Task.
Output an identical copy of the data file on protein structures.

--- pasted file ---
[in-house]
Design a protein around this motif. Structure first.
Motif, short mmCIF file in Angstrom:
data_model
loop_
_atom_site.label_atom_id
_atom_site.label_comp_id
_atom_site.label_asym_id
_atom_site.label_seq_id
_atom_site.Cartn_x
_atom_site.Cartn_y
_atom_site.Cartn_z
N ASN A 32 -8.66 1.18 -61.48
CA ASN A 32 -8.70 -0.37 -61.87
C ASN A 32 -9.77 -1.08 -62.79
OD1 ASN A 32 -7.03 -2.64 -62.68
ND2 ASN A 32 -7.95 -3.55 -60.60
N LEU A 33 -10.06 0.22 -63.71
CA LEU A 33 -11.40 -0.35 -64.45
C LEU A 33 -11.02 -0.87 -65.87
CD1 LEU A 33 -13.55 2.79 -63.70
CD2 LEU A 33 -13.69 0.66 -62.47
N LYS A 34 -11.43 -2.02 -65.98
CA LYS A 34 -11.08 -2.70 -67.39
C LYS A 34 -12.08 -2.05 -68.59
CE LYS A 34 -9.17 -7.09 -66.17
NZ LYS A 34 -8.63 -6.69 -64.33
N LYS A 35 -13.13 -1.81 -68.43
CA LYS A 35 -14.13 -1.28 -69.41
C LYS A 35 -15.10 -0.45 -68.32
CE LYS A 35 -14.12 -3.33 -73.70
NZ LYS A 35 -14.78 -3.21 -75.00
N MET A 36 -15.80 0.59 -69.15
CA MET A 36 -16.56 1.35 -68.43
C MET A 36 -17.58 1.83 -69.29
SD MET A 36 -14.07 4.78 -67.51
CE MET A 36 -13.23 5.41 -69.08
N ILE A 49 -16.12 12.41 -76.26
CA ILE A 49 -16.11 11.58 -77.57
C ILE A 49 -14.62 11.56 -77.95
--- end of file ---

[in-house]
Design a protein around this motif. Structure first.
Motif, short mmCIF file in Angstrom:
data_model
loop_
_atom_site.label_atom_id
_atom_site.label_comp_id
_atom_site.label_asym_id
_atom_site.label_seq_id
_atom_site.Cartn_x
_atom_site.Cartn_y
_atom_site.Cartn_z
N ASN A 32 -8.66 1.18 -61.48
CA ASN A 32 -8.70 -0.37 -61.87
C ASN A 32 -9.77 -1.08 -62.79
OD1 ASN A 32 -7.03 -2.64 -62.68
ND2 ASN A 32 -7.95 -3.55 -60.60
N LEU A 33 -10.06 0.22 -63.71
CA LEU A 33 -11.40 -0.35 -64.45
C LEU A 33 -11.02 -0.87 -65.87
CD1 LEU A 33 -13.55 2.79 -63.70
CD2 LEU A 33 -13.69 0.66 -62.47
N LYS A 34 -11.43 -2.02 -65.98
CA LYS A 34 -11.08 -2.70 -67.39
C LYS A 34 -12.08 -2.05 -68.59
CE LYS A 34 -9.17 -7.09 -66.17
NZ LYS A 34 -8.63 -6.69 -64.33
N LYS A 35 -13.13 -1.81 -68.43
CA LYS A 35 -14.13 -1.28 -69.41
C LYS A 35 -15.10 -0.45 -68.32
CE LYS A 35 -14.12 -3.33 -73.70
NZ LYS A 35 -14.78 -3.21 -75.00
N MET A 36 -15.80 0.59 -69.15
CA MET A 36 -16.56 1.35 -68.43
C MET A 36 -17.58 1.83 -69.29
SD MET A 36 -14.07 4.78 -67.51
CE MET A 36 -13.23 5.41 -69.08
N ILE A 49 -16.12 12.41 -76.26
CA ILE A 49 -16.11 11.58 -77.57
C ILE A 49 -14.62 11.56 -77.95